If you’re a small business owner, you know that it can be challenging to get a traditional bank loan. You typically need significant documentation that proves you will be able to pay back the money that you borrow. You will also need a high credit score and an established credit history. No matter how confident you are that you will be able to repay, if your documentation doesn’t prove that you can- the lender is likely to deny your application.

If this is the situation that you’ve found yourself in, microfinancing may be an option. This type of funding is designed to generate income, manage risks, meet household needs, manage risks, and more. In this article, we’ll explain how to determine if microfinancing is the right choice for your business.

What is microfinance?

Microfinance is a way to fund low-income businesses that may have difficulty getting approved for traditional credit/lending options. This includes microloans, savings accounts, and insurance policies.

There are several lenders that offer these microloans, including nonprofits and banks/credit unions. The Small Business Administration acts as a liaison to get microloans to eligible borrowers.

Where Can I Obtain Microfinancing?

The best place to start your search for microfinancing is with the SBA, but you can also check directly with nonprofit organizations and banks. When you speak to a lender and get a small loan, they will likely also help you set up/maintain a savings account. A good lender will help you with the tools you need to pay it back.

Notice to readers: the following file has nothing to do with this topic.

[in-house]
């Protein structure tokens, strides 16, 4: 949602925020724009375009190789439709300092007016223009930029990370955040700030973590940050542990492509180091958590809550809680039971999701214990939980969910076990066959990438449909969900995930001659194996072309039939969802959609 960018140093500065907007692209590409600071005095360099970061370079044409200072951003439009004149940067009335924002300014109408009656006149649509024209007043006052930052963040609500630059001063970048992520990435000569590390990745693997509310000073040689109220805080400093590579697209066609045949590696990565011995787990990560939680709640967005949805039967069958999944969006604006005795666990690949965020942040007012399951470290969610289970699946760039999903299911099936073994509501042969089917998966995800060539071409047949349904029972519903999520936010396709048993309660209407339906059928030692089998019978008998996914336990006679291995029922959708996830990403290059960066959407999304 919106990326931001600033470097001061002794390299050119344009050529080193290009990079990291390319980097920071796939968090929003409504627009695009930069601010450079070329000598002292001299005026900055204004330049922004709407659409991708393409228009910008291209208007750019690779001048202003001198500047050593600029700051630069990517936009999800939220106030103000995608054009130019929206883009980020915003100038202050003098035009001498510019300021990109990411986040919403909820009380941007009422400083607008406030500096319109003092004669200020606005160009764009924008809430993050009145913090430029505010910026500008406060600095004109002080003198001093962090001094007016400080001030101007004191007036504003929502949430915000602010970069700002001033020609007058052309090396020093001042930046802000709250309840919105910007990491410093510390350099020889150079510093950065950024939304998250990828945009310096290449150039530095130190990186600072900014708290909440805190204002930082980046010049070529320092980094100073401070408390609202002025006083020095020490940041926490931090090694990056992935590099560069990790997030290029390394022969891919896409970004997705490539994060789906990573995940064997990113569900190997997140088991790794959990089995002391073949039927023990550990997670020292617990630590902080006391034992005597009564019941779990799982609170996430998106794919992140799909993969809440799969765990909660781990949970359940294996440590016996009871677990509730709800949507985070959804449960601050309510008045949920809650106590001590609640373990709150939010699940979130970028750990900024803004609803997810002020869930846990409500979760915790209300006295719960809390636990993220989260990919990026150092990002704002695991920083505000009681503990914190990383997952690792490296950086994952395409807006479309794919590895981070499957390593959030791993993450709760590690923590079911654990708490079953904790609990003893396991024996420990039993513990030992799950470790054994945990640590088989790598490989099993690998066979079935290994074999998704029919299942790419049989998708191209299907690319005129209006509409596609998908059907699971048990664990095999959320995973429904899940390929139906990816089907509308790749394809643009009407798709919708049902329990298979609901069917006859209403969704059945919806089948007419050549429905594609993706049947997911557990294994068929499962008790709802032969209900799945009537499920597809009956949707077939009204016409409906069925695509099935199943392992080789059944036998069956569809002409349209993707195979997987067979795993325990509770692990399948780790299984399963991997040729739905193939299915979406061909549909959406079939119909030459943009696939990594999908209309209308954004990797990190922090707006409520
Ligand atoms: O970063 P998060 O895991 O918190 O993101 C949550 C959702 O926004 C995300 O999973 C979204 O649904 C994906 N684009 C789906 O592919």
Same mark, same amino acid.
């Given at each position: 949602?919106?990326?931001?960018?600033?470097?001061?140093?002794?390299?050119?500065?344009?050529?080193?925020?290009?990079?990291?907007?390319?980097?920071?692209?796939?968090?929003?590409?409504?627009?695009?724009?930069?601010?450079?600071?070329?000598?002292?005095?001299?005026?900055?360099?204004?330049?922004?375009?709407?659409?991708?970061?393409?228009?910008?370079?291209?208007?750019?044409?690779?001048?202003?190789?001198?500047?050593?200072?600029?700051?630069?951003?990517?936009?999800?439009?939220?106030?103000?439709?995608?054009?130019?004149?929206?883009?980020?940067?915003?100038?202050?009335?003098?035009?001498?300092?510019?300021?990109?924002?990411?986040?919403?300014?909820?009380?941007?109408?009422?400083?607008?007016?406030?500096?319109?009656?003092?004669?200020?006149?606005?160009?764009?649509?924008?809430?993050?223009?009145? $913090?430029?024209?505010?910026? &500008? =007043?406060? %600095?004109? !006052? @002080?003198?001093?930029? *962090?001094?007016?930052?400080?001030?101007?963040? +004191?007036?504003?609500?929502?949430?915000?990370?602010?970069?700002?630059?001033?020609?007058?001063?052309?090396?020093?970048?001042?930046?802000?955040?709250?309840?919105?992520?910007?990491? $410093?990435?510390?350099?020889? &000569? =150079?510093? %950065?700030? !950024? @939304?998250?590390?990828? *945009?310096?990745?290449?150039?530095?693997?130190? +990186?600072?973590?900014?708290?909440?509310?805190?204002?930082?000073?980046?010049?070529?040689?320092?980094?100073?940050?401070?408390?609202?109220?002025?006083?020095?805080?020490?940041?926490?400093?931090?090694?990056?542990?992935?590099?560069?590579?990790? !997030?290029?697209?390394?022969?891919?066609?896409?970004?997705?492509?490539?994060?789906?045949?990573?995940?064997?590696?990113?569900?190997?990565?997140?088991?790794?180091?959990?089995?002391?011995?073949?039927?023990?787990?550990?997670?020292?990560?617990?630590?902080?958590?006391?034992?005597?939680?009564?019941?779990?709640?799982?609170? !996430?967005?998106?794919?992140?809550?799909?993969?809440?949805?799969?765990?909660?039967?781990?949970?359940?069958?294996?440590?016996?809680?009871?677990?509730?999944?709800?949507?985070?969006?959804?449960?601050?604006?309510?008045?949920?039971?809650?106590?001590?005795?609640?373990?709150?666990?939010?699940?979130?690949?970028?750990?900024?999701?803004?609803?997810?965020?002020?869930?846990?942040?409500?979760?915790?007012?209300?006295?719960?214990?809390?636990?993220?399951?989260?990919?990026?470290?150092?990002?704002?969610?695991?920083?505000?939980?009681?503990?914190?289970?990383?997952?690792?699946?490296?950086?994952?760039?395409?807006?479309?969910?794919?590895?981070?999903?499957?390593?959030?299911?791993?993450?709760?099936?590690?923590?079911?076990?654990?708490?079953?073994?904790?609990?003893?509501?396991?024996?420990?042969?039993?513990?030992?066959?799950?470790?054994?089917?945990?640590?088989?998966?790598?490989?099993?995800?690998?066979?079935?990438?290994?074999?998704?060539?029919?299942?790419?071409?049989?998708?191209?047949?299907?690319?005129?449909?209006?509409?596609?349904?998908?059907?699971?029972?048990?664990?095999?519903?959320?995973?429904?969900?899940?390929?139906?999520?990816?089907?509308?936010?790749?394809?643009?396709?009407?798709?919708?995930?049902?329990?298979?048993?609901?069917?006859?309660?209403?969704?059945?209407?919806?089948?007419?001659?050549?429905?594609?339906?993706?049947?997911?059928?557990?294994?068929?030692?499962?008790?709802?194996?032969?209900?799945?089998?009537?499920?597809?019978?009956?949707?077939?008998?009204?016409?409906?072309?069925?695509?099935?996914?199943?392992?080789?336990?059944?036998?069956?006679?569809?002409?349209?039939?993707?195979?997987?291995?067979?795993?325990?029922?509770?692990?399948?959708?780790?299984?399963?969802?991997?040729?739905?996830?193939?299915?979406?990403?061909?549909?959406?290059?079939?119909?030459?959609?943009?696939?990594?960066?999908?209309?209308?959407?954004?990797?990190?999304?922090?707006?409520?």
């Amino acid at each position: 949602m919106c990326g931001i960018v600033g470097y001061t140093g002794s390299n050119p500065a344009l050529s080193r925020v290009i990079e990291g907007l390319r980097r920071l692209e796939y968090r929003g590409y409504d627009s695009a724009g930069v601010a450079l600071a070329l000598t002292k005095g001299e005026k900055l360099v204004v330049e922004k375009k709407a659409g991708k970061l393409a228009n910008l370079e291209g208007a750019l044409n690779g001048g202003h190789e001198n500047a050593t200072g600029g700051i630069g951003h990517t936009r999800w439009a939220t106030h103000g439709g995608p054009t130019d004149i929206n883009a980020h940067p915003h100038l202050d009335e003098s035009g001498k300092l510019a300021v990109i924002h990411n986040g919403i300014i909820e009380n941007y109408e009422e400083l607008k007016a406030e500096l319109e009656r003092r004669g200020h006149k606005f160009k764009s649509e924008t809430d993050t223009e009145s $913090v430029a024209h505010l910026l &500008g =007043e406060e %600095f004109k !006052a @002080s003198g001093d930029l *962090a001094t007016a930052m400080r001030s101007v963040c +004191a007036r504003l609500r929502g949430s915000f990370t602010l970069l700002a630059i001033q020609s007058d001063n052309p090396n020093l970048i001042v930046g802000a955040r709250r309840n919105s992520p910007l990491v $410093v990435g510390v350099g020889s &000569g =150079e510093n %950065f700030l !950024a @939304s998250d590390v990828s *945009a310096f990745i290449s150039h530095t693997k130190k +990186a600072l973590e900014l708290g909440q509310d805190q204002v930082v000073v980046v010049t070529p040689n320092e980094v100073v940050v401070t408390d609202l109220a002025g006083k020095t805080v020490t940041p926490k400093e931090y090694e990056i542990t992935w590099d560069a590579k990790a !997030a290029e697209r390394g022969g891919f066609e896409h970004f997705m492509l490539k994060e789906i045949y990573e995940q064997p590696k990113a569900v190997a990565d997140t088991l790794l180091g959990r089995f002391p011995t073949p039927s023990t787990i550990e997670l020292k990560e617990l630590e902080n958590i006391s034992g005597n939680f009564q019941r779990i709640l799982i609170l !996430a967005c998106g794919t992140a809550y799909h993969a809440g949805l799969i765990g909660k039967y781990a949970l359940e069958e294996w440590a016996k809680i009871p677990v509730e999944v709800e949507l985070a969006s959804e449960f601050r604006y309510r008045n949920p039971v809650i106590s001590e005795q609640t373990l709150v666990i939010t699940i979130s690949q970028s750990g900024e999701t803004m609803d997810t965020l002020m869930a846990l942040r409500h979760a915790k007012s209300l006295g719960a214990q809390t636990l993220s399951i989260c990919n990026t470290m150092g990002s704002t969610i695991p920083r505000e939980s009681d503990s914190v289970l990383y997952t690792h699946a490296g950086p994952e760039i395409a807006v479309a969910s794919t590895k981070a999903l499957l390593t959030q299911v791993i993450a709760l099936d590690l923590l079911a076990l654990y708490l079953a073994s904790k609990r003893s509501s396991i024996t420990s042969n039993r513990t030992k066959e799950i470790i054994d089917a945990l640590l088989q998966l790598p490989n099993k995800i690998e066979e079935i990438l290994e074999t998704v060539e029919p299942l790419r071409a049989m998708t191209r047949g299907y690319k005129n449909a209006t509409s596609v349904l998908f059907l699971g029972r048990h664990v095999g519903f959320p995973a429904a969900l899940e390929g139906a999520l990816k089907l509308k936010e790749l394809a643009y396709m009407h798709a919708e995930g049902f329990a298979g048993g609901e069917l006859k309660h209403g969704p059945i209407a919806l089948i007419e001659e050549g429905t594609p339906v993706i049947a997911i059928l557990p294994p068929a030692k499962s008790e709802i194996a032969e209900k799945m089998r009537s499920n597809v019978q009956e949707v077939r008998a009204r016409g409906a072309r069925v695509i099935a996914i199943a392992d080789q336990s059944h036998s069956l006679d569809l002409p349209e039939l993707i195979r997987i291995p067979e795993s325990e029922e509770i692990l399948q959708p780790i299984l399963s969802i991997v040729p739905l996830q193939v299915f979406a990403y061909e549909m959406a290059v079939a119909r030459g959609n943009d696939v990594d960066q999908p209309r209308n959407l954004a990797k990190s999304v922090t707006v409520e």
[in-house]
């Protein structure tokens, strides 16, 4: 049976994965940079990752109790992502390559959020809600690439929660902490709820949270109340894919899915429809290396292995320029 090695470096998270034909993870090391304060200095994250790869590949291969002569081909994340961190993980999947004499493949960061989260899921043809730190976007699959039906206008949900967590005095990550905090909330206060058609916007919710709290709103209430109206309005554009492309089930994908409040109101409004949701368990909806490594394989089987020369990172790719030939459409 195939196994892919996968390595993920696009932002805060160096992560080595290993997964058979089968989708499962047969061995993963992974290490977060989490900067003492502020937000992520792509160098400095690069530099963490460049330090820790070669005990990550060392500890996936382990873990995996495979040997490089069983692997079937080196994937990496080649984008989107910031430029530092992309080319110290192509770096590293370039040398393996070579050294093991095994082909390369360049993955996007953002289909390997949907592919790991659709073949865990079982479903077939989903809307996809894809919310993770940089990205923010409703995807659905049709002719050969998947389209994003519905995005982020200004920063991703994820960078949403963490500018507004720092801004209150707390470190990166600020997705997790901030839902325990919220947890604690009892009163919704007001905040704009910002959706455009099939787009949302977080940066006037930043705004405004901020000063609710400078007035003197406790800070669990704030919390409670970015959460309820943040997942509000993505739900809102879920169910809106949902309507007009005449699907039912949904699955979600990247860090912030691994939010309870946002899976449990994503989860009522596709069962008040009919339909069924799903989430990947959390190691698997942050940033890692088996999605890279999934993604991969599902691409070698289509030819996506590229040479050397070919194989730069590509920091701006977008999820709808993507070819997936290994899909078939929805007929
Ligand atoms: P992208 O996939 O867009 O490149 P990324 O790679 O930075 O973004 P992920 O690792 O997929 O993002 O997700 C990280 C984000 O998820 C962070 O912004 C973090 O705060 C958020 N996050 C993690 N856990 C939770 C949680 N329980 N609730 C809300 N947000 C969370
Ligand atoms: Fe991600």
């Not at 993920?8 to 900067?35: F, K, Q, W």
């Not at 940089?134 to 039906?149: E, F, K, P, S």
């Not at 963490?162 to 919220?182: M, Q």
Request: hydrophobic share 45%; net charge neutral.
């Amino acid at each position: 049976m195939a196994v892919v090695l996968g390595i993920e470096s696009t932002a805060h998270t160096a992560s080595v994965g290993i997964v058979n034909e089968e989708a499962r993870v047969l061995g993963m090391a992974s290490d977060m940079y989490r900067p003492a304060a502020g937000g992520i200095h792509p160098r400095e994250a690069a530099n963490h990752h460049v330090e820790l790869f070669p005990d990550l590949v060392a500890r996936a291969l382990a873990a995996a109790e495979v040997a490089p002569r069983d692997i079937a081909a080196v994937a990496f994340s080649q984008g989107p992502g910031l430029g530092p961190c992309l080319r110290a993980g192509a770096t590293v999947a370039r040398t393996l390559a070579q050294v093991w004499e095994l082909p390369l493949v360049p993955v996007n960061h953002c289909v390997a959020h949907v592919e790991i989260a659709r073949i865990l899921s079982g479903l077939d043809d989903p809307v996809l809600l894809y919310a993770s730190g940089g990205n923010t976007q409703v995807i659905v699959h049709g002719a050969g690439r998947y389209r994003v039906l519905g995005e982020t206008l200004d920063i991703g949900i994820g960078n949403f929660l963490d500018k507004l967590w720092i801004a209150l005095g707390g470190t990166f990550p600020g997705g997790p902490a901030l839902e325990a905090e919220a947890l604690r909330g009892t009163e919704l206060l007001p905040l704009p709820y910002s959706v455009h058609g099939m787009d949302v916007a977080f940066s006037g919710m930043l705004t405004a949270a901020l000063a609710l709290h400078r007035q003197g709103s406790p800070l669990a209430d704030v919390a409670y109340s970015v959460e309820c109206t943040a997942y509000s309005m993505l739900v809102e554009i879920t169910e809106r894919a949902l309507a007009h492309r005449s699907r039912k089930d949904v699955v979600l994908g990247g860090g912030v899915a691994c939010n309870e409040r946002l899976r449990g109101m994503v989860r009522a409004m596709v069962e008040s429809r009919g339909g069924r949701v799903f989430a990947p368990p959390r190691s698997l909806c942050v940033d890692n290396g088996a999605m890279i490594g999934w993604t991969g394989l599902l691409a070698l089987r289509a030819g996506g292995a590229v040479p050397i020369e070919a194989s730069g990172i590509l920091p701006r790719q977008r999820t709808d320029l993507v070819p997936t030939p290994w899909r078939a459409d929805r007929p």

How to Get Approved

While the lender ultimately decides whether you are approved or not, there are some things you can do to increase your chances of approval:

  • Write a business plan
  • Maintain good credit
  • Offer collateral or a personal guarantee
  • Invest your own money

Why Are Interest Rates Higher with Microloans than Traditional Loans?

Interest rates on microloans can vary compared to traditional loans, but are usually higher for a couple of reasons:

  • Microfinance borrowers are high risk
  • Microfinance loans are more expensive for the lender

While the rates are much higher than traditional bank loans, the lender will still review the borrower’s finances to make sure they will be able to repay.

Microfinance vs. Microcredit

Though they sound similar, there is a difference between microfinance and microcredit.

Microfinance covers a broad range of financial services for low-income communities and microcredit is funding for those who are below the poverty line. Microcredit is a subset of microfinance.


If you’re a small business owner, you know that it can be challenging to get a business loan. If you find yourself unable to get financing, a microloan may be a good option. Contact Rexford Commercial Capital if you are interested in considering a microloan for your business.